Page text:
Lawsuit Claims Boy Scouts Failed To Protect Scout From Sexual Abuse
A lawsuit filed in August in federal court claims that Boy Scouts of America failed to protect a scout from sexual abuse when he was 15 years old.
The lawsuit claims that convicted felon Francis McCourt took nude photos of the boy, molested his genitals, forced him to touch his genitals and forced him to engage in oral sex “on at least three different occasions.”
McCourt has previously been sentenced to 35 years in prison for distributing, possessing and viewing child pornography.
The lawsuit claims that McCourt engaged in “grooming” by befriending the boy and his family, gaining their trust and confidence and gaining his parents’ permission to spend time alone with the boy, conditioning the boy to trust him, comply with his instructions and respect him as an authority.
The lawsuit claims that the Westark Area Council “had knowledge that McCourt had groomed and assaulted boy scouts while acting as Scout leader.”
The council “knew or should have known that child molesters like McCourt were using Scouting to gain access to and gain the trust of Scouts… in order to molest them,” according to the lawsuit.
The lawsuit notes that BSA has been receiving reports of child molestation from its local councils since 1920, noting the existence of the now notorious “perversion files.”
The council’s “knowing failure to warn, implement child abuse policies, or change screening or monitoring procedures created a foreseeable risk of harm to the safety of children,” according to the lawsuit.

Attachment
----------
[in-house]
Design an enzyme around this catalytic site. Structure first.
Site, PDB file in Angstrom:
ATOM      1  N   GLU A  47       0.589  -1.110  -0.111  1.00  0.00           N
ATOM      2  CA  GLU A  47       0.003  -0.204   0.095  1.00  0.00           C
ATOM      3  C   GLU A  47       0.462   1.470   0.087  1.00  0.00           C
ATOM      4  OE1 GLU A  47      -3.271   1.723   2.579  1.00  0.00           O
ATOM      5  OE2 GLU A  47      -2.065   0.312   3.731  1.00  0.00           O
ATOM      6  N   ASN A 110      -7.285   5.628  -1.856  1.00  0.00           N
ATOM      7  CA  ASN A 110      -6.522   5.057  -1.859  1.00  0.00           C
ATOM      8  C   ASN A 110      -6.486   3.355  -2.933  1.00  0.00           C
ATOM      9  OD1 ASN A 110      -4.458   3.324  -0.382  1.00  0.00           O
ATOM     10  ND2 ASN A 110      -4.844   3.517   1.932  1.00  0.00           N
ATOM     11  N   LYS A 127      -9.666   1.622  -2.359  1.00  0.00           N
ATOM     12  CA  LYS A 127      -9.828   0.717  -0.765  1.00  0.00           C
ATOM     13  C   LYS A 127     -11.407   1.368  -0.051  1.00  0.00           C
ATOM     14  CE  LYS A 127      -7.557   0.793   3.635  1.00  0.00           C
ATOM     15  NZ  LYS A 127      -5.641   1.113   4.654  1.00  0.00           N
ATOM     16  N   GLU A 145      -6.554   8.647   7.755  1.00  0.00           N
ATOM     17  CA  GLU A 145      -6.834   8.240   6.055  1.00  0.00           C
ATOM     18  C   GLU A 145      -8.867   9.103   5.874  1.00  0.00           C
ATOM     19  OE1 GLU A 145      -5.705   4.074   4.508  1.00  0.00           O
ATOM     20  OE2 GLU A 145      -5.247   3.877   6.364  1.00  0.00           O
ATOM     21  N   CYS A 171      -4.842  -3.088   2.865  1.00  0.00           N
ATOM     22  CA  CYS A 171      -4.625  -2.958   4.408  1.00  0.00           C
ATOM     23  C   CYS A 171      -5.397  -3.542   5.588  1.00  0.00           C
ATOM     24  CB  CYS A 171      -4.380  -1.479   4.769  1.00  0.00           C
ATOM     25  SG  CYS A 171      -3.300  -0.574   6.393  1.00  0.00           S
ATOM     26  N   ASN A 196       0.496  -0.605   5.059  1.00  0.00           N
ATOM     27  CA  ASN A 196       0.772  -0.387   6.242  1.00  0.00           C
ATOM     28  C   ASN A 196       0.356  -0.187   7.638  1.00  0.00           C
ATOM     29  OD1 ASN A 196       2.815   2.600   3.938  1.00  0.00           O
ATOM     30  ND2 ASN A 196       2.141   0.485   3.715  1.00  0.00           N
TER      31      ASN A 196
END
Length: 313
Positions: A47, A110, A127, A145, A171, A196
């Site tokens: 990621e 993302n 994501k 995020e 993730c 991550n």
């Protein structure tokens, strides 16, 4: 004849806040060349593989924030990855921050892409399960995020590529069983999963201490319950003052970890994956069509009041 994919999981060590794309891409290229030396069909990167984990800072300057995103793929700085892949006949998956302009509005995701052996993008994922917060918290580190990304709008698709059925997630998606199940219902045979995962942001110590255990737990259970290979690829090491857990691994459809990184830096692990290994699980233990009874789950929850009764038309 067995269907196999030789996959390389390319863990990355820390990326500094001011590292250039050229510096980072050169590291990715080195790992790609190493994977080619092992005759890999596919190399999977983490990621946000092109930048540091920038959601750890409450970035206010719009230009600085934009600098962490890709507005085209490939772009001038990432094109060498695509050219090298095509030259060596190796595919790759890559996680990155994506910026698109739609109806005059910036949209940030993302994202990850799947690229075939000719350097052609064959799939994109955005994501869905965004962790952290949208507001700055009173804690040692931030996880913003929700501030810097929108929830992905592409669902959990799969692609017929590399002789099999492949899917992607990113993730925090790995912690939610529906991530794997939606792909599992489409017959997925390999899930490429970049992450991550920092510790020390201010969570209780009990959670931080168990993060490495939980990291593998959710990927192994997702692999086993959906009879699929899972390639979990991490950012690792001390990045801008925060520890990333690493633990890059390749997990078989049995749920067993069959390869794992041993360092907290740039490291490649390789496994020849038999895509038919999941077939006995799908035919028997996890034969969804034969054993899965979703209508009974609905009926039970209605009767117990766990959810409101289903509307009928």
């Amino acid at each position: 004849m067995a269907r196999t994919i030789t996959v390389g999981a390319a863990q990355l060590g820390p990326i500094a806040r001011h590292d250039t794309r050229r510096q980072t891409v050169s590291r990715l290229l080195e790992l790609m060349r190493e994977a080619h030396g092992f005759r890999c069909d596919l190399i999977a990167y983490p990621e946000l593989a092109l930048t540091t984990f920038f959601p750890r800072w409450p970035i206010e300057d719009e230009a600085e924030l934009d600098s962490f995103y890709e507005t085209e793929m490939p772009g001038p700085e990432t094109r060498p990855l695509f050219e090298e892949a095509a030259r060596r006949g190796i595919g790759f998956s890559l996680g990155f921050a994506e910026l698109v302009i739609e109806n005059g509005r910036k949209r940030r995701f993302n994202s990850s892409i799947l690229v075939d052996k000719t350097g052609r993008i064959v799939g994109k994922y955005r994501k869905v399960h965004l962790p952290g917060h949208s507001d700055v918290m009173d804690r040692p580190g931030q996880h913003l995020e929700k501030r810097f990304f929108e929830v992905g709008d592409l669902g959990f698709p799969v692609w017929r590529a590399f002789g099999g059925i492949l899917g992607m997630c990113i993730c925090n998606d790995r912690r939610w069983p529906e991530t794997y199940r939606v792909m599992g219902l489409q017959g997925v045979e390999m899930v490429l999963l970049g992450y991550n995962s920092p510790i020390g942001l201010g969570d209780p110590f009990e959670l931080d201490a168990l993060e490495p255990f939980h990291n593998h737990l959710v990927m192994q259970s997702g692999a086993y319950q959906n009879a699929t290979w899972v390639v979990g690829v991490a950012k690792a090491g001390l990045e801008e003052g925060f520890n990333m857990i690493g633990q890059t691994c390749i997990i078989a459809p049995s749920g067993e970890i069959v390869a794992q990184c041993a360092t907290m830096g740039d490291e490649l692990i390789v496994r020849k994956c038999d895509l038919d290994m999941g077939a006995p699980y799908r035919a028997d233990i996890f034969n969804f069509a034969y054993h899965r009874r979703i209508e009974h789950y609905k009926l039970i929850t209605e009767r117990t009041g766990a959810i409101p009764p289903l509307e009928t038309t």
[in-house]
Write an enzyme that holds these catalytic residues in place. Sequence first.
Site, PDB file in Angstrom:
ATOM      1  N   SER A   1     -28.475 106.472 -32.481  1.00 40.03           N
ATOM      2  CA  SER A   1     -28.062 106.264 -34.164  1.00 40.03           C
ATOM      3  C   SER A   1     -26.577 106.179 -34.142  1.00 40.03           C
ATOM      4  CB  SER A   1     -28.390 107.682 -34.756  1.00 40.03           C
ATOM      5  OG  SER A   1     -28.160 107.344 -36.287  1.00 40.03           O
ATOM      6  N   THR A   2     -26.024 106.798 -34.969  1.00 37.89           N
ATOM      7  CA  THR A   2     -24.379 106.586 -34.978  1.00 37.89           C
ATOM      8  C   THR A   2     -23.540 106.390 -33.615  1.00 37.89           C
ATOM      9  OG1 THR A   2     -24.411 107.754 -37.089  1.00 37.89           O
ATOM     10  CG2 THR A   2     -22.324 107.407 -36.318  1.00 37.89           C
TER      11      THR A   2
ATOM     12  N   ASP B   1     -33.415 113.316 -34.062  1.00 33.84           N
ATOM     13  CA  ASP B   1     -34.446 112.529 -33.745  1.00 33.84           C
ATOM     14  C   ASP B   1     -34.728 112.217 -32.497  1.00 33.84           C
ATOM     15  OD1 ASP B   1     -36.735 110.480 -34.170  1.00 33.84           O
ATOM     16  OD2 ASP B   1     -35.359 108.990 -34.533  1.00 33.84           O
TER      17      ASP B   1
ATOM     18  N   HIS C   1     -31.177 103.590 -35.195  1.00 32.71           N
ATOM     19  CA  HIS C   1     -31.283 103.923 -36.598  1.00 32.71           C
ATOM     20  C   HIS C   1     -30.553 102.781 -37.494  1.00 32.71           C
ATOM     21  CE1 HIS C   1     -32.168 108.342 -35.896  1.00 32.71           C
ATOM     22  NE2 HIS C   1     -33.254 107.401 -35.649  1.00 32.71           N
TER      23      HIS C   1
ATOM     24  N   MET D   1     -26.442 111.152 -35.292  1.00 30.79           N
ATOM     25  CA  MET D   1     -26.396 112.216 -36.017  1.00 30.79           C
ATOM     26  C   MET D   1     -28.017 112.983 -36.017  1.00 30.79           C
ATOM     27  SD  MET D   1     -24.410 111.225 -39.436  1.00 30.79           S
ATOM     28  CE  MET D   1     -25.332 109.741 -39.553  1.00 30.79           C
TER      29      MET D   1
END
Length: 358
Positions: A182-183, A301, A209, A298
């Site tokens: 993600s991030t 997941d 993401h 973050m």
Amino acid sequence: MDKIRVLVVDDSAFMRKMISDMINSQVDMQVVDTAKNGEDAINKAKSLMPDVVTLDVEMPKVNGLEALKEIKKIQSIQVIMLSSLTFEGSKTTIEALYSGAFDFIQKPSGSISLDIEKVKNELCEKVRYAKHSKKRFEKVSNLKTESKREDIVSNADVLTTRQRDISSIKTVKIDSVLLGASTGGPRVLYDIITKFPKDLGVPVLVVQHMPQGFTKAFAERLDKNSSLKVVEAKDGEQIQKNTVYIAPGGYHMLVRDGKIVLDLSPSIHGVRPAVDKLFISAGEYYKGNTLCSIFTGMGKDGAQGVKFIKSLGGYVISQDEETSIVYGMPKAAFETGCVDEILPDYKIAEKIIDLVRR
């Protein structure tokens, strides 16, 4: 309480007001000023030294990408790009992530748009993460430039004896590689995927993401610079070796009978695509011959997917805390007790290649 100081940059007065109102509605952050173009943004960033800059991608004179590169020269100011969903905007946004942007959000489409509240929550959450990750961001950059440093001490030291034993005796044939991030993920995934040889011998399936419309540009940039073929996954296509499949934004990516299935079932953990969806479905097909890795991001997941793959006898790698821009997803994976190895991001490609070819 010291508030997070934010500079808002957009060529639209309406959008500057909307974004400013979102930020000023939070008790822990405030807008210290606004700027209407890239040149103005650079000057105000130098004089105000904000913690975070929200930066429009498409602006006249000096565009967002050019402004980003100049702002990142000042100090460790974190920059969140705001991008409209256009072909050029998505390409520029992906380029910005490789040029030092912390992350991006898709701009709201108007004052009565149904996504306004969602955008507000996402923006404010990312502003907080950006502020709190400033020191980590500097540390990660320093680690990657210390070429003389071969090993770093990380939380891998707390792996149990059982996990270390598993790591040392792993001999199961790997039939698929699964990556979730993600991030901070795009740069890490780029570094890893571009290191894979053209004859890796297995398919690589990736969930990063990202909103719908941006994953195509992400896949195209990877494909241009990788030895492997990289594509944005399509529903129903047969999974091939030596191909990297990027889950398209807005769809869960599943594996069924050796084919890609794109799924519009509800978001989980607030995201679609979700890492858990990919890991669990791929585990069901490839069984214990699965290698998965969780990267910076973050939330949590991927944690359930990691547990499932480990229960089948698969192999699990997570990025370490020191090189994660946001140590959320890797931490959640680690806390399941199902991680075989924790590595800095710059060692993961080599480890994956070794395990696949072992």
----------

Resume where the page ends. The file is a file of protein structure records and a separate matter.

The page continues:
The lawsuit alleges that the hiring, training and supervision of McCourt were negligent, claiming that no background check or investigation of character were done on McCourt before appointing him as an Assistant Scoutmaster, and that no oversight of his activities was provided.
The lawsuit argues that BSA and the council had a “special relationship” with the boy which created a duty to protect the boy from harm, a duty which included warning the boy of dangers and risks and protecting the boy while he participated in scouting. The lawsuit claims this duty was breached because the boy and his parents were never warned of the risk of sexual abuse in scouting, and because no procedures preventing McCourt from isolating and abusing the boy were ever implemented.
“Defendant failed to take such actions even though Defendant knew to a moral certainty that such failures would reasonably lead to youths being sexually abused by adult Scout leaders while participating in Scouting,” the lawsuit states.